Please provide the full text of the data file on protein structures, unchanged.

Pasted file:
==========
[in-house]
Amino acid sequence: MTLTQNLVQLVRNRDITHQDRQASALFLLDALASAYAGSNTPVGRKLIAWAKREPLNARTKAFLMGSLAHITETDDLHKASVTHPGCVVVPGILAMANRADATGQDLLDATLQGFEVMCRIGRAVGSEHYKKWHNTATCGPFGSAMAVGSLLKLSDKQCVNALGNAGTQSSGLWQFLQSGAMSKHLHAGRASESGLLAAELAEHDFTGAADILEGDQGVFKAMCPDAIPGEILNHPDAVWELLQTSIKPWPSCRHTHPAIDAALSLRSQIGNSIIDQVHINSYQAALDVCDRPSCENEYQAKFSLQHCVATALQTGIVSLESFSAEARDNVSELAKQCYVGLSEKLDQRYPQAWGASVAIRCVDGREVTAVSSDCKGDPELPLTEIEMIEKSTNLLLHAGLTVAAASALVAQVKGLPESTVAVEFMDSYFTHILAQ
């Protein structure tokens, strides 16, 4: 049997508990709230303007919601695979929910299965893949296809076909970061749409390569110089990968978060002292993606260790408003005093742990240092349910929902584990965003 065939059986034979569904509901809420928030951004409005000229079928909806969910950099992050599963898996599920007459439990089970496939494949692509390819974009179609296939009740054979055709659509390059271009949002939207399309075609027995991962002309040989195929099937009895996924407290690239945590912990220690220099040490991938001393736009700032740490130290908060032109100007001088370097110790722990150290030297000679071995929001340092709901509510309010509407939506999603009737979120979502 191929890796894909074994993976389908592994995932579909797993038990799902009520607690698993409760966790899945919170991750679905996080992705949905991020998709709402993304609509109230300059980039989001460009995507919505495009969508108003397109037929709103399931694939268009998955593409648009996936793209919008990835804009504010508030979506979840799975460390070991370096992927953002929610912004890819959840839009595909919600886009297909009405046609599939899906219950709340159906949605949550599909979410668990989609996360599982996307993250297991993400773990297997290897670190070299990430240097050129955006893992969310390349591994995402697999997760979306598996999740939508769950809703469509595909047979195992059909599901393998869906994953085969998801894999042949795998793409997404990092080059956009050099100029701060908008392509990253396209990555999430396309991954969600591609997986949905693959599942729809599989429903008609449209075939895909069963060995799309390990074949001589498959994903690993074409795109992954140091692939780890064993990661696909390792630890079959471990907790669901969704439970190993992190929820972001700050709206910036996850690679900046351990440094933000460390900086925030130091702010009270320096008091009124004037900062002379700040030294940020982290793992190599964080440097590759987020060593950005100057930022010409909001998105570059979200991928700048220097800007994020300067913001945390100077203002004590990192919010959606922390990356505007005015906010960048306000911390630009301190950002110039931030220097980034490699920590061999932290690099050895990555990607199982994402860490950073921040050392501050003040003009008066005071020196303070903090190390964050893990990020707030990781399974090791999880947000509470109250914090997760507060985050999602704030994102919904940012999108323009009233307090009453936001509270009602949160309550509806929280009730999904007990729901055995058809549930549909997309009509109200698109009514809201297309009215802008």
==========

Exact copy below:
[in-house]
Amino acid sequence: MTLTQNLVQLVRNRDITHQDRQASALFLLDALASAYAGSNTPVGRKLIAWAKREPLNARTKAFLMGSLAHITETDDLHKASVTHPGCVVVPGILAMANRADATGQDLLDATLQGFEVMCRIGRAVGSEHYKKWHNTATCGPFGSAMAVGSLLKLSDKQCVNALGNAGTQSSGLWQFLQSGAMSKHLHAGRASESGLLAAELAEHDFTGAADILEGDQGVFKAMCPDAIPGEILNHPDAVWELLQTSIKPWPSCRHTHPAIDAALSLRSQIGNSIIDQVHINSYQAALDVCDRPSCENEYQAKFSLQHCVATALQTGIVSLESFSAEARDNVSELAKQCYVGLSEKLDQRYPQAWGASVAIRCVDGREVTAVSSDCKGDPELPLTEIEMIEKSTNLLLHAGLTVAAASALVAQVKGLPESTVAVEFMDSYFTHILAQ
């Protein structure tokens, strides 16, 4: 049997508990709230303007919601695979929910299965893949296809076909970061749409390569110089990968978060002292993606260790408003005093742990240092349910929902584990965003 065939059986034979569904509901809420928030951004409005000229079928909806969910950099992050599963898996599920007459439990089970496939494949692509390819974009179609296939009740054979055709659509390059271009949002939207399309075609027995991962002309040989195929099937009895996924407290690239945590912990220690220099040490991938001393736009700032740490130290908060032109100007001088370097110790722990150290030297000679071995929001340092709901509510309010509407939506999603009737979120979502 191929890796894909074994993976389908592994995932579909797993038990799902009520607690698993409760966790899945919170991750679905996080992705949905991020998709709402993304609509109230300059980039989001460009995507919505495009969508108003397109037929709103399931694939268009998955593409648009996936793209919008990835804009504010508030979506979840799975460390070991370096992927953002929610912004890819959840839009595909919600886009297909009405046609599939899906219950709340159906949605949550599909979410668990989609996360599982996307993250297991993400773990297997290897670190070299990430240097050129955006893992969310390349591994995402697999997760979306598996999740939508769950809703469509595909047979195992059909599901393998869906994953085969998801894999042949795998793409997404990092080059956009050099100029701060908008392509990253396209990555999430396309991954969600591609997986949905693959599942729809599989429903008609449209075939895909069963060995799309390990074949001589498959994903690993074409795109992954140091692939780890064993990661696909390792630890079959471990907790669901969704439970190993992190929820972001700050709206910036996850690679900046351990440094933000460390900086925030130091702010009270320096008091009124004037900062002379700040030294940020982290793992190599964080440097590759987020060593950005100057930022010409909001998105570059979200991928700048220097800007994020300067913001945390100077203002004590990192919010959606922390990356505007005015906010960048306000911390630009301190950002110039931030220097980034490699920590061999932290690099050895990555990607199982994402860490950073921040050392501050003040003009008066005071020196303070903090190390964050893990990020707030990781399974090791999880947000509470109250914090997760507060985050999602704030994102919904940012999108323009009233307090009453936001509270009602949160309550509806929280009730999904007990729901055995058809549930549909997309009509109200698109009514809201297309009215802008």